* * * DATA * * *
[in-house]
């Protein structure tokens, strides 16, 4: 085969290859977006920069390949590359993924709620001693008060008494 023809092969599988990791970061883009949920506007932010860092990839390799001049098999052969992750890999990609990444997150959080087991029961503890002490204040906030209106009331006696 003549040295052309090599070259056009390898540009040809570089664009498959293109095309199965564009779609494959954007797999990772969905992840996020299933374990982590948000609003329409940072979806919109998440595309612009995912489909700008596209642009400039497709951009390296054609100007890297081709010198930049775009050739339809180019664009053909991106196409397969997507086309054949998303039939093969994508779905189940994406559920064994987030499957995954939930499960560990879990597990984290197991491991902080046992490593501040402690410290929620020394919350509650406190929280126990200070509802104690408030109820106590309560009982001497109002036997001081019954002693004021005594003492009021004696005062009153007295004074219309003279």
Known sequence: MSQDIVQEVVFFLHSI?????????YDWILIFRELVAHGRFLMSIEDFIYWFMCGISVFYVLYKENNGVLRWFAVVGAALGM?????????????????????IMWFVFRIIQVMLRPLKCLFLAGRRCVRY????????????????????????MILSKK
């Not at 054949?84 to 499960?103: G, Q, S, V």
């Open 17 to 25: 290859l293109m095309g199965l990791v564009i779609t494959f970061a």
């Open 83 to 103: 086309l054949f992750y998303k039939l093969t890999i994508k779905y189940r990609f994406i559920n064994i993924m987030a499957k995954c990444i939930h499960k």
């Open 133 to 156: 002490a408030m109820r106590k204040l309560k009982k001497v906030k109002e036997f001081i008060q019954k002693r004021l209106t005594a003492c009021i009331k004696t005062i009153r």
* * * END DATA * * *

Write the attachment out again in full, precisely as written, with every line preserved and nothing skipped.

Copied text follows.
[in-house]
């Protein structure tokens, strides 16, 4: 085969290859977006920069390949590359993924709620001693008060008494 023809092969599988990791970061883009949920506007932010860092990839390799001049098999052969992750890999990609990444997150959080087991029961503890002490204040906030209106009331006696 003549040295052309090599070259056009390898540009040809570089664009498959293109095309199965564009779609494959954007797999990772969905992840996020299933374990982590948000609003329409940072979806919109998440595309612009995912489909700008596209642009400039497709951009390296054609100007890297081709010198930049775009050739339809180019664009053909991106196409397969997507086309054949998303039939093969994508779905189940994406559920064994987030499957995954939930499960560990879990597990984290197991491991902080046992490593501040402690410290929620020394919350509650406190929280126990200070509802104690408030109820106590309560009982001497109002036997001081019954002693004021005594003492009021004696005062009153007295004074219309003279």
Known sequence: MSQDIVQEVVFFLHSI?????????YDWILIFRELVAHGRFLMSIEDFIYWFMCGISVFYVLYKENNGVLRWFAVVGAALGM?????????????????????IMWFVFRIIQVMLRPLKCLFLAGRRCVRY????????????????????????MILSKK
């Not at 054949?84 to 499960?103: G, Q, S, V």
């Open 17 to 25: 290859l293109m095309g199965l990791v564009i779609t494959f970061a």
């Open 83 to 103: 086309l054949f992750y998303k039939l093969t890999i994508k779905y189940r990609f994406i559920n064994i993924m987030a499957k995954c990444i939930h499960k």
């Open 133 to 156: 002490a408030m109820r106590k204040l309560k009982k001497v906030k109002e036997f001081i008060q019954k002693r004021l209106t005594a003492c009021i009331k004696t005062i009153r």